Chris: If the “Sesame Street” Martians were to descend on the NCAA landscape, which has recently undergone a supernatural experience with feng shui, the Yip Yips would inquire as to the form of “new math” colleges are teaching. Having 10 teams in the Big 12, 12 teams in the Pac-10 and 12 teams in the Big Ten can be considered a major form of obfuscation for scholars. I just said “obfuscation.”
Joe: It’s shameful but predictable. Historically, college athletics were extracurricular activities that rounded out one’s college experience. Associations or conferences were for convenience of travel and rivalry. So much money is now raised for the school through athletics that it’s all about the money.
Brad: I think in the short term, it will really help college football. There will be a lot more hype this year, as if the sport really needed more, because people will want to see how all the movement affected the teams. However, as time goes on, it will get harder and harder for the smaller teams to get recognition, and so there could potentially be another shake up.
Chris: This was actually forecast by the Mayans to happen in a couple of years, with Notre Dame predicted to join the SEC, Boise State to join the Arena Football League and Oklahoma to join the WNBA.
Ralphie: It is going to make College Football just like the NFL, all about the money and not about the game.
Joe: College football is hurt because a student should not pick a college because of its football team, but for the quality of the education he is supposed to be receiving. I may be old, but we all have the ability to write for this column because of the quality of our education. There are 1,696 active players in the NFL (32 teams with 53 player squad limit), most who are multiple-year players. So how many kids come out of college football to play and be paid in the NFL each year? Not many. Those that don’t make it should have picked a school for the quality of their education.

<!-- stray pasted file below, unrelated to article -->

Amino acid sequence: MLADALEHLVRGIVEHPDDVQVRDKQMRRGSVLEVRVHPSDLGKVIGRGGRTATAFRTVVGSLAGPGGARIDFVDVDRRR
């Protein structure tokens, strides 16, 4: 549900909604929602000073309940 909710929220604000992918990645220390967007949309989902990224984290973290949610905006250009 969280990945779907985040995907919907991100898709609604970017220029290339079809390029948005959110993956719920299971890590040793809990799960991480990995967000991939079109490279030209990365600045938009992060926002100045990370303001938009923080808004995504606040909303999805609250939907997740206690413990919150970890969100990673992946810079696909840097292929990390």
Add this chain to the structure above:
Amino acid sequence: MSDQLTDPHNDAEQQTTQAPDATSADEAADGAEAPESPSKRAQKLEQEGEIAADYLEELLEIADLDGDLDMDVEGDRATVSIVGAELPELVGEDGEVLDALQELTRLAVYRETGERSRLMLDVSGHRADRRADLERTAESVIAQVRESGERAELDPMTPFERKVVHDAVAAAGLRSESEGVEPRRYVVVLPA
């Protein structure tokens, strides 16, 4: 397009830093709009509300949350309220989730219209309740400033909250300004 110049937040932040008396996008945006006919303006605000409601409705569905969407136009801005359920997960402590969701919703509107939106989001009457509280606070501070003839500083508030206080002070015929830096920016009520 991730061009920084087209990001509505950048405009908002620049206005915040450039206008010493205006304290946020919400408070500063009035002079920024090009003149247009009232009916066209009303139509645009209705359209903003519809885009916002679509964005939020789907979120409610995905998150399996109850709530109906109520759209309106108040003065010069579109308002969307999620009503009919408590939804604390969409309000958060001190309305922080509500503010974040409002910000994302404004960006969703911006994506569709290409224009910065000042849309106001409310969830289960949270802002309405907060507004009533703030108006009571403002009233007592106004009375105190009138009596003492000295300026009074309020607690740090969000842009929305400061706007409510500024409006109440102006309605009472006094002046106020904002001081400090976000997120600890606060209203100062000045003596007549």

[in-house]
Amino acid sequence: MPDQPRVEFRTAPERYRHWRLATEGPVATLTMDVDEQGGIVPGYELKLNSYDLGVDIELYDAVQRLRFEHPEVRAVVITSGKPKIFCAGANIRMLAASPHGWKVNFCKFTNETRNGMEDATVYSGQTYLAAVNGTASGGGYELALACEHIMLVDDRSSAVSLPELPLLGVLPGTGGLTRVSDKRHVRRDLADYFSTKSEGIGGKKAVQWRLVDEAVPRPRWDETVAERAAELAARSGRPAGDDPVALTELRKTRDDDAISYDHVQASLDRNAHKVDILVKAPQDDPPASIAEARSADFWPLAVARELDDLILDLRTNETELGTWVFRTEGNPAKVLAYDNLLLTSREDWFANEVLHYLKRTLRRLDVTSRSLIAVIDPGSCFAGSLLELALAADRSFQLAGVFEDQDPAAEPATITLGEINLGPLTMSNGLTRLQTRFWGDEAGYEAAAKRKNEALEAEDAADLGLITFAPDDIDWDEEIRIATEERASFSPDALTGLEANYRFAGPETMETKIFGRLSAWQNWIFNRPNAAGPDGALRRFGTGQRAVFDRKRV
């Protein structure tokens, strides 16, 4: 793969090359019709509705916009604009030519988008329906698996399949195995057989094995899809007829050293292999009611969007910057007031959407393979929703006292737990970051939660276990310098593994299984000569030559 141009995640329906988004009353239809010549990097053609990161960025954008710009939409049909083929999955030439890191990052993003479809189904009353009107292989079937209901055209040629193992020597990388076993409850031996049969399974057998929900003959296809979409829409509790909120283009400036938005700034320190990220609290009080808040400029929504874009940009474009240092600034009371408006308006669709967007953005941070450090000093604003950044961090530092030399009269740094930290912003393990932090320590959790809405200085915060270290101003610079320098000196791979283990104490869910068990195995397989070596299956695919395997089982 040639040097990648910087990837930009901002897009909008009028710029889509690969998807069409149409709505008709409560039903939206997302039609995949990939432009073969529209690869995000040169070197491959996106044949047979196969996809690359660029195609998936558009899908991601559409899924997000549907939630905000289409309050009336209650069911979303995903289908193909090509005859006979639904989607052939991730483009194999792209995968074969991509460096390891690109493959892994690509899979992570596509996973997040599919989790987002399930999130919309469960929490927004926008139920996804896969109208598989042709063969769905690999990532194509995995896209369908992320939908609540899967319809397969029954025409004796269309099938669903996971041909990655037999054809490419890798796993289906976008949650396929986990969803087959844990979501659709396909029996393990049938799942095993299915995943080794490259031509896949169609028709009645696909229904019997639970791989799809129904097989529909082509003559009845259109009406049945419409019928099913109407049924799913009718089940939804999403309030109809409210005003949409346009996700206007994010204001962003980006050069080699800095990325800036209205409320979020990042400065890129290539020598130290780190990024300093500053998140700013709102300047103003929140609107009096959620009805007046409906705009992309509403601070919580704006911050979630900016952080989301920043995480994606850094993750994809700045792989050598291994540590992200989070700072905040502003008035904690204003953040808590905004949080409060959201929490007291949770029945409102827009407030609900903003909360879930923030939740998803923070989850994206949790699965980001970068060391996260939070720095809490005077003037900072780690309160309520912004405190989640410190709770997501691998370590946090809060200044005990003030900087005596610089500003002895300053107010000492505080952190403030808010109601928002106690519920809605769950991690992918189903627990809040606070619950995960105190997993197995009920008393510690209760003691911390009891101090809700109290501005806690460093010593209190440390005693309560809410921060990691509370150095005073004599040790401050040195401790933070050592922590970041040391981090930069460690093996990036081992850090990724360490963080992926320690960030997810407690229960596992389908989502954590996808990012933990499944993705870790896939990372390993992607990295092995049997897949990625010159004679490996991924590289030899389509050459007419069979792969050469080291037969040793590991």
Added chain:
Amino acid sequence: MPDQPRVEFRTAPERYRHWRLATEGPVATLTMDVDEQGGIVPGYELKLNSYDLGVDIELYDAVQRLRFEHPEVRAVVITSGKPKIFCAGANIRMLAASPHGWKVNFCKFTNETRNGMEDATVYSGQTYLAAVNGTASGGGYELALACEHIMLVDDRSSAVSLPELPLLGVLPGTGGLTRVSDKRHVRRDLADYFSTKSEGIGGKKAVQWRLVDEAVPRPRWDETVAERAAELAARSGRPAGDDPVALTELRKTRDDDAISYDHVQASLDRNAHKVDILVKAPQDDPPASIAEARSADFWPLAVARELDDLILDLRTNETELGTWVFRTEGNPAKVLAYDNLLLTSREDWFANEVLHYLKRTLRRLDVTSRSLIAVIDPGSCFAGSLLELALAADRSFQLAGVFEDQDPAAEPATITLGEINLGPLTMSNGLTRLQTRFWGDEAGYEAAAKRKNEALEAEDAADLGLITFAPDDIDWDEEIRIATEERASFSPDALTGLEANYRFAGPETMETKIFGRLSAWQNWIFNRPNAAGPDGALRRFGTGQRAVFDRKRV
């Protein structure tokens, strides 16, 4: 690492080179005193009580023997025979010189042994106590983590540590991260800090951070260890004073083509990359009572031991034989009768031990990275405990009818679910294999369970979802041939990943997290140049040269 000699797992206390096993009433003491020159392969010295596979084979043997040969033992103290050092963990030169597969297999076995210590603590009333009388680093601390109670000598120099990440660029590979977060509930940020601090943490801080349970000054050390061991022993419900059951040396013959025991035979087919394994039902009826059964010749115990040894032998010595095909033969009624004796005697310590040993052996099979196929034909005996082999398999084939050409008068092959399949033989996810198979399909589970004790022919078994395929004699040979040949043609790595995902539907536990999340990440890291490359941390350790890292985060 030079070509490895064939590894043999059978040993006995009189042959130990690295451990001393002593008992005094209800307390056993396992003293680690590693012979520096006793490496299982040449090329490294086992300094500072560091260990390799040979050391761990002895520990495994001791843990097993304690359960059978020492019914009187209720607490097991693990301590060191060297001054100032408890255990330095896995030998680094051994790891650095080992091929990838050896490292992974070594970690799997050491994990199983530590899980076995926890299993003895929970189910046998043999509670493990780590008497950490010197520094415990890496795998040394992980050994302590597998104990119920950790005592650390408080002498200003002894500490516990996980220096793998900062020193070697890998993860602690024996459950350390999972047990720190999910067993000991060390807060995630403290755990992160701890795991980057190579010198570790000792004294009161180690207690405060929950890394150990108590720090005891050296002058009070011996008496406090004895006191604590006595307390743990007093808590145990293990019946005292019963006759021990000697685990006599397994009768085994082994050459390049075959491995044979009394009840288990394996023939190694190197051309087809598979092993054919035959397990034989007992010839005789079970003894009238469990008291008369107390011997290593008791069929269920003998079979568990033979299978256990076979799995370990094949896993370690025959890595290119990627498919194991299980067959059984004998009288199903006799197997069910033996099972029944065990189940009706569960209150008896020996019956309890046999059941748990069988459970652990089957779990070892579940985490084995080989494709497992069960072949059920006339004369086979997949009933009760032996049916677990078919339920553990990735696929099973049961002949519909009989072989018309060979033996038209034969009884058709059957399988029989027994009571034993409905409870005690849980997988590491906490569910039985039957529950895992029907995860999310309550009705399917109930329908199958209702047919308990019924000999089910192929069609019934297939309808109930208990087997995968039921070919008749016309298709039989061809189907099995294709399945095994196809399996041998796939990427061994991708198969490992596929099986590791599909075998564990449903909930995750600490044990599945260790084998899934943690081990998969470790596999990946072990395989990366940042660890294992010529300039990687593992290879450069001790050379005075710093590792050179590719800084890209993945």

Brad: Joe is so outdated, he still thinks Princeton is a major contender. Rivalries are the one thing that fuel college football. Players come and go in four years, maximum, but rivalries last centuries. Giving that up just for money is a major mistake and a mistake I certainly wouldn’t want my favorite team to make.
Joe: Hey Brad, what’s this entire old/young hang up? Haven’t you ever heard the story about the young bulls rushing down the hill, while the old bulls just sat at the top of the hill . . . and waited?
Chris: Pupils move into dorms and will occasionally transfer to a new college, dependent upon the college accepting their credits and whether said college has cheap hoodies. However, unless my favorite institution of higher education specialized in carpetbagger deployment or was a proverbial nomad hotbed, I am not in favor of colleges transfering to new conferences. This has lead me to conclude that the Big Ten must have had a great cafeteria meal plan to have seduced Nebraska.
Joe: Absolutely not. But as I just commented, “it’s all about the money, not the fans, not the rivalries, just the money.”
Ralphie: I think it would make some colleges lose their teams because they don’t have the money to run them.
Brad: Ralphie still can’t understand why there is more than one bowl game. I think it hurts college football to have mega-conferences. Although there will be must-see matchups every week, it will be tougher to get the better teams into bowl games, because they will be beaten up so much because of the conference’s intensity. It is not a good balance of talent, and it will be bad for the sport.
Ralphie: No I don’t think so. Fewer rivalries don’t show if you are a good team or not.